Ridley Scott tells off journalist for saying The Last Duel is more realistic than previous films
From trashing superhero films to being blunt about criticism about his latest film, House of Gucci, Oscar-winning director Ridley Scott is known for not mincing his words. And his latest exchange with a journalist shows that he has no sign of veering off-brand.
Scott recently got candid with a journalist during an overseas press tour for his film The Last Duel. In a clip from the video interview (which is part of a larger Russian interview), the journalist is seen giving a backhanded compliment of sorts, remarking that The Last Duel is "a very realistic film." He goes on to note it looks more realistic than Scott's other films, Kingdom of Heaven or Robin Hood. But he doesn't get much farther, as Scott immediately cuts him off.
"Sir, f--k you. F--k you," he replies. "Thank you very much. F--k you. Go f--k yourself, sir. Go on."
EW gave The Last Duel at B+, saying "Duel is entirely, often sensationally watchable without ever quite justifying why it needs to remind us what the world has done to women for centuries" and praising the film for feeling "like something vanishingly rare these days: a big-screen drama with budget and scope, richly told for grown adults."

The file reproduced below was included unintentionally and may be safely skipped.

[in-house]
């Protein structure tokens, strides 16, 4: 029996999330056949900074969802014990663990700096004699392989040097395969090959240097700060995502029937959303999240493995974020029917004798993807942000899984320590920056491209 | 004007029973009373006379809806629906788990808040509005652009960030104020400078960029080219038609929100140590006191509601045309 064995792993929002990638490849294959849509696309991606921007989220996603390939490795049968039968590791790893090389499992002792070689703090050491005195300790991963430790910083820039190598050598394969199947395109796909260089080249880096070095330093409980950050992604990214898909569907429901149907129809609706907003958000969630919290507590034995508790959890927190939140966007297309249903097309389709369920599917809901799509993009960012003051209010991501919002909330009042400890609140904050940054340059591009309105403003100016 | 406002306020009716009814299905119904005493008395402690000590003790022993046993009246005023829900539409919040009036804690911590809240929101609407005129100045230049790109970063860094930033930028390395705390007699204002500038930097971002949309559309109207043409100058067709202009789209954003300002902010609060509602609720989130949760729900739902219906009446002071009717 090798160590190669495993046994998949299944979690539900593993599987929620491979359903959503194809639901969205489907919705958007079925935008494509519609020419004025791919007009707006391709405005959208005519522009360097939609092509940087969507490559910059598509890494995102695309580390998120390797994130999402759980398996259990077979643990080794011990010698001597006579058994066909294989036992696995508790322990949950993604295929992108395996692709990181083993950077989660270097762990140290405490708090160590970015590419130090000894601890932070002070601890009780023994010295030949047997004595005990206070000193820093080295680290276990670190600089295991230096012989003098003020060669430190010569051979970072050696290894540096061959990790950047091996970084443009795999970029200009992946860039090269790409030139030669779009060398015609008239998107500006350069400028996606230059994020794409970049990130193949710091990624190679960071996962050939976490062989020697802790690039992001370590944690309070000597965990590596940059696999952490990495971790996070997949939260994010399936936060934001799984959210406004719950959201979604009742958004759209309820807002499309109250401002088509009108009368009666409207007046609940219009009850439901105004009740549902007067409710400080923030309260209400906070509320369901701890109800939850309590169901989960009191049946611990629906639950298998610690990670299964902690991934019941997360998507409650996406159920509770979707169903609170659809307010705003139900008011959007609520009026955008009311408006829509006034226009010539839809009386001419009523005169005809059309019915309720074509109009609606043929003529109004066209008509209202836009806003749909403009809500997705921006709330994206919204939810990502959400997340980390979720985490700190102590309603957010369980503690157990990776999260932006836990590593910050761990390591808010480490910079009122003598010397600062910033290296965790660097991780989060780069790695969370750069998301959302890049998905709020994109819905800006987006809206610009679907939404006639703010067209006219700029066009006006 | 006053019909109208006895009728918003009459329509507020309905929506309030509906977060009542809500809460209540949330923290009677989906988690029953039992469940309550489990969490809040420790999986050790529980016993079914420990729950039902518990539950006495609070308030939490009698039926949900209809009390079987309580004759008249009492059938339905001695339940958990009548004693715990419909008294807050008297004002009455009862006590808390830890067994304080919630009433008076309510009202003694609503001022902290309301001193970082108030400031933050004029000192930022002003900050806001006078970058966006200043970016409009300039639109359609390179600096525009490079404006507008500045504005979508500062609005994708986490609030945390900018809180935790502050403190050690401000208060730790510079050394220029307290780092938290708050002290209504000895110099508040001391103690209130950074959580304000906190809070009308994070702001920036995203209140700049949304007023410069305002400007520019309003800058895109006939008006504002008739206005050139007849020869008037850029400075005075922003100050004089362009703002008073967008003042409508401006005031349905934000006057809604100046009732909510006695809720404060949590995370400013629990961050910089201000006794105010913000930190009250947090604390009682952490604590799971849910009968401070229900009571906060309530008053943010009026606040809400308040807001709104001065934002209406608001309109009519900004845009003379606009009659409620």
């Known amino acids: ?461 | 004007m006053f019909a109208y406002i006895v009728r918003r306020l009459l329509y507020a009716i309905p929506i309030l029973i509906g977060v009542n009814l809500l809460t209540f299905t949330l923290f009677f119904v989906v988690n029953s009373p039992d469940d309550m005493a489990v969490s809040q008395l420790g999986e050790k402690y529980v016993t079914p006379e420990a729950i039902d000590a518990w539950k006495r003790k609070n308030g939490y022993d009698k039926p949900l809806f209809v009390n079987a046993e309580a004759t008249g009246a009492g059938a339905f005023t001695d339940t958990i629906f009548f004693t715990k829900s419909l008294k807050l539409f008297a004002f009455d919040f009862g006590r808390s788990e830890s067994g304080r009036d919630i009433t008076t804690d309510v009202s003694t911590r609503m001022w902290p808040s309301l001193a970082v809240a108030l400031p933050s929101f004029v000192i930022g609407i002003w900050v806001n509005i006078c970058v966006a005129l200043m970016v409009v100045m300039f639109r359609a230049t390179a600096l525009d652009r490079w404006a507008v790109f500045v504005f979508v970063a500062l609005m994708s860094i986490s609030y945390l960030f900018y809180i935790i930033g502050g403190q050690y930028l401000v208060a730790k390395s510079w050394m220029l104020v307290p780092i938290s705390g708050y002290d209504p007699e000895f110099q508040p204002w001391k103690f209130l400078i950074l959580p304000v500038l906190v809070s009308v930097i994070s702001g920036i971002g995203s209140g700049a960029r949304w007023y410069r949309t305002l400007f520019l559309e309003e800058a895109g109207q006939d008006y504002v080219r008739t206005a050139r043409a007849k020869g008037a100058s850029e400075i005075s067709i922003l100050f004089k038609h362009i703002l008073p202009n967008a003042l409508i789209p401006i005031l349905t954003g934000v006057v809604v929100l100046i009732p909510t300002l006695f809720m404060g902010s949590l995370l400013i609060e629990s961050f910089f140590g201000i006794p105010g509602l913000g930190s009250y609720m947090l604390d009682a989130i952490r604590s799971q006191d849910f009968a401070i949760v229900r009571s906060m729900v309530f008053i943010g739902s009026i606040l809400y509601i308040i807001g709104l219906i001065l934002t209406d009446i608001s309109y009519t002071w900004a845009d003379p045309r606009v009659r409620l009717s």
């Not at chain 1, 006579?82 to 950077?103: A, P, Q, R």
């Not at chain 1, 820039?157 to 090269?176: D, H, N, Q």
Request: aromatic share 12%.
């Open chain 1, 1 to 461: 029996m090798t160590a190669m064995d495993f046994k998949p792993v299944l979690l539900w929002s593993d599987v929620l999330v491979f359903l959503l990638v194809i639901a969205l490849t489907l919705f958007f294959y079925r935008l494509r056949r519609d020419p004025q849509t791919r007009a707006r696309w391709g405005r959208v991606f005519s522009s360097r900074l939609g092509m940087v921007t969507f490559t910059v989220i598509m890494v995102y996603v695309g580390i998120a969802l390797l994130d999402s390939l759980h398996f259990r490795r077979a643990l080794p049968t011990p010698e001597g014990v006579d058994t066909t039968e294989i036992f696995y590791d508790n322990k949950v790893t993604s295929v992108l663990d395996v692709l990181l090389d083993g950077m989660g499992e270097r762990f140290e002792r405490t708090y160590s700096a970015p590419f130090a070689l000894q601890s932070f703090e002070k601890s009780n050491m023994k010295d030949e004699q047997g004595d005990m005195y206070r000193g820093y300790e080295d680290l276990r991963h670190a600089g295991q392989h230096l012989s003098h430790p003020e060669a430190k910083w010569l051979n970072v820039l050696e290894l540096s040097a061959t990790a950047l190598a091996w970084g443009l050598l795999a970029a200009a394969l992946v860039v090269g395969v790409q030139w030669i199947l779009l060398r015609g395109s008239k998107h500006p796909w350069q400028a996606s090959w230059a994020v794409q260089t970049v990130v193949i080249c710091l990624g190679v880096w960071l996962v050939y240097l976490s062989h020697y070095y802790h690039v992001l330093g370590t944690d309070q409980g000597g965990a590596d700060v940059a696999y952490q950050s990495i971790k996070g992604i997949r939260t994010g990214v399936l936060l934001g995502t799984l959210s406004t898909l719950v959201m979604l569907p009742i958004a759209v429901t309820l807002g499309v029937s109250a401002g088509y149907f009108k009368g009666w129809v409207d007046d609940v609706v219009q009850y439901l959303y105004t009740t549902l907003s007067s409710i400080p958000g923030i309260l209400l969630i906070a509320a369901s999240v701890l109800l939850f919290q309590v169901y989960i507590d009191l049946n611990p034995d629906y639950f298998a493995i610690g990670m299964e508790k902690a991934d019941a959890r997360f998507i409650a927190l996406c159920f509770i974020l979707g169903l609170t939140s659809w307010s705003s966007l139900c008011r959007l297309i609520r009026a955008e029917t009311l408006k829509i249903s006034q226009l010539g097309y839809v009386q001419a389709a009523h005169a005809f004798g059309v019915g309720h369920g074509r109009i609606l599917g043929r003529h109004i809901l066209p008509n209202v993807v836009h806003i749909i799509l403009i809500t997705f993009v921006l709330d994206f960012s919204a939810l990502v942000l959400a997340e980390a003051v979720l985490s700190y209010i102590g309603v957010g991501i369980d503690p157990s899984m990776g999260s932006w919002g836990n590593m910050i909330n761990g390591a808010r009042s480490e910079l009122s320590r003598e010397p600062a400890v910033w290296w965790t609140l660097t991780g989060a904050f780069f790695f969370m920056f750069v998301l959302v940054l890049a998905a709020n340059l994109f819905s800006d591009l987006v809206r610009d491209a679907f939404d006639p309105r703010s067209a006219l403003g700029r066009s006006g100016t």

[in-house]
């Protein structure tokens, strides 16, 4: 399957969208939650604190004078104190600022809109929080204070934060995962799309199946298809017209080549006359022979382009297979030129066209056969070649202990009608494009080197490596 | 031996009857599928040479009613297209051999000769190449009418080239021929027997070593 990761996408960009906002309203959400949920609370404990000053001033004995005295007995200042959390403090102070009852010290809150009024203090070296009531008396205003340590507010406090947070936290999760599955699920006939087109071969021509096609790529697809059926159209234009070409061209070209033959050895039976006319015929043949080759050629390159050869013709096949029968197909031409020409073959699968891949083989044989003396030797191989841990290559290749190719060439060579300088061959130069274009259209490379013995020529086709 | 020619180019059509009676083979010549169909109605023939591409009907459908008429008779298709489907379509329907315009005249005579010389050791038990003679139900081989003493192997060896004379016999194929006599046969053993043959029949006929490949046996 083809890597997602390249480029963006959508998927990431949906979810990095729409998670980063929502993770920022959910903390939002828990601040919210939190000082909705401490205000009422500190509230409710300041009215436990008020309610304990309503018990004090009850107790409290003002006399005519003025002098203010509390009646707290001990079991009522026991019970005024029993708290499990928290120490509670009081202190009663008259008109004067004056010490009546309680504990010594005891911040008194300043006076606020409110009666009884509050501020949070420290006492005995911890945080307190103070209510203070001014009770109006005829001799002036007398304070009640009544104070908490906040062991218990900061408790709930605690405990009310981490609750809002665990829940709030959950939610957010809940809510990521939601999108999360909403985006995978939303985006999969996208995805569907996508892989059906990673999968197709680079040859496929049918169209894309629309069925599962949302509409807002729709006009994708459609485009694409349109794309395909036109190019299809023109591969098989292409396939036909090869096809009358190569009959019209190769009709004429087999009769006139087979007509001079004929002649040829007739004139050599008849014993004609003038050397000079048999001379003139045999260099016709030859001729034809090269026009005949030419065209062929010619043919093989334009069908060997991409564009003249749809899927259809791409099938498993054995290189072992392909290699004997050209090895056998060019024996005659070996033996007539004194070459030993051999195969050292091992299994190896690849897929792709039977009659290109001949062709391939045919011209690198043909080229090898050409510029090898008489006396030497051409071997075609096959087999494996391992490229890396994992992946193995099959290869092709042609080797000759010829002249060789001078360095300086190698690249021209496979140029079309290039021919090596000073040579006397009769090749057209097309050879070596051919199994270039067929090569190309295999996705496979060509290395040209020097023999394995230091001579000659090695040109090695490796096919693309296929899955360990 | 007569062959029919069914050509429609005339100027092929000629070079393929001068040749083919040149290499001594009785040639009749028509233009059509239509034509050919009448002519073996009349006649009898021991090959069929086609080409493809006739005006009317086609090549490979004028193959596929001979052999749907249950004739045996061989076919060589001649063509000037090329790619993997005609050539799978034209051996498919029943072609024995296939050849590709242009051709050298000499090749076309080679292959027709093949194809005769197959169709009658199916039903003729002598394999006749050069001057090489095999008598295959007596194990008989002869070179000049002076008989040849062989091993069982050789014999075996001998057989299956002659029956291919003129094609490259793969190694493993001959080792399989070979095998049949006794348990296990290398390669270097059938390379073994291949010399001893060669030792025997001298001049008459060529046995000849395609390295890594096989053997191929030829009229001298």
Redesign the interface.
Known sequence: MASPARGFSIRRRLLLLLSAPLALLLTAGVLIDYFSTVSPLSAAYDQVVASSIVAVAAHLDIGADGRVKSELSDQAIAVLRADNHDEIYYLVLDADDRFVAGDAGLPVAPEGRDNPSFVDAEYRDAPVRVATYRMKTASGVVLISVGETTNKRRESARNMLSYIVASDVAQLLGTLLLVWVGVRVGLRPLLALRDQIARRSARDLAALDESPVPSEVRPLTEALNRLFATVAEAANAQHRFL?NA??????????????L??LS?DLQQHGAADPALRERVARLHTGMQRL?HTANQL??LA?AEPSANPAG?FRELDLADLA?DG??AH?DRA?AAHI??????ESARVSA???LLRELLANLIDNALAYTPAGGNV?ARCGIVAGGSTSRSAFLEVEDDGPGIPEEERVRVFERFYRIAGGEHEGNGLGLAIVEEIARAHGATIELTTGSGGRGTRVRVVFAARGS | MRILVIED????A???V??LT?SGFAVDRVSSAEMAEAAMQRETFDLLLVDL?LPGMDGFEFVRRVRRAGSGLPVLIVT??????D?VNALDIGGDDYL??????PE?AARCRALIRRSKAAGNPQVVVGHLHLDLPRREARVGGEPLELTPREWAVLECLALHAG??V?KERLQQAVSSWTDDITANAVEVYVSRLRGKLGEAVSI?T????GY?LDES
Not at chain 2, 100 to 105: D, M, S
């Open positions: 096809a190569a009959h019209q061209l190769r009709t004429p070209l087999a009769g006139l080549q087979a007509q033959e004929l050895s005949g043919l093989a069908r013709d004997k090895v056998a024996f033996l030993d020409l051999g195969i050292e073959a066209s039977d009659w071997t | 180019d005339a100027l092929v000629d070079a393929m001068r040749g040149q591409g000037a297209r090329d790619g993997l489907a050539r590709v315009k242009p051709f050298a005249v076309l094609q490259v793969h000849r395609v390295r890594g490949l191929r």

But critic approval didn't transfer to the box office, leading Scott to speak out about his disappointment over his film's performance and blame it on "the millennian."
"I think what it boils down to — what we've got today are the audiences who were brought up on these fucking cell phones," Scott told Marc Maron on his WTF podcast. "The millennian, who do not ever want to be taught anything unless you told it on the cell phone ... this is a broad stroke, but I think we're dealing with it right now with Facebook. This is a misdirection that has happened where it's given the wrong kind of confidence to this latest generation, I think."
Scott remains proud of the film, however, and maintains he doesn't regret making it. "We all thought it was a terrific script. And we made it. You can't win all the time. I've never had one regret on any movie I've ever made," he told Maron's podcast. "Nothing. I learned very early on to be your own critic. The only thing you should really have an opinion on is what you just did. Walk away. Make sure you're happy. And don't look back. That's me."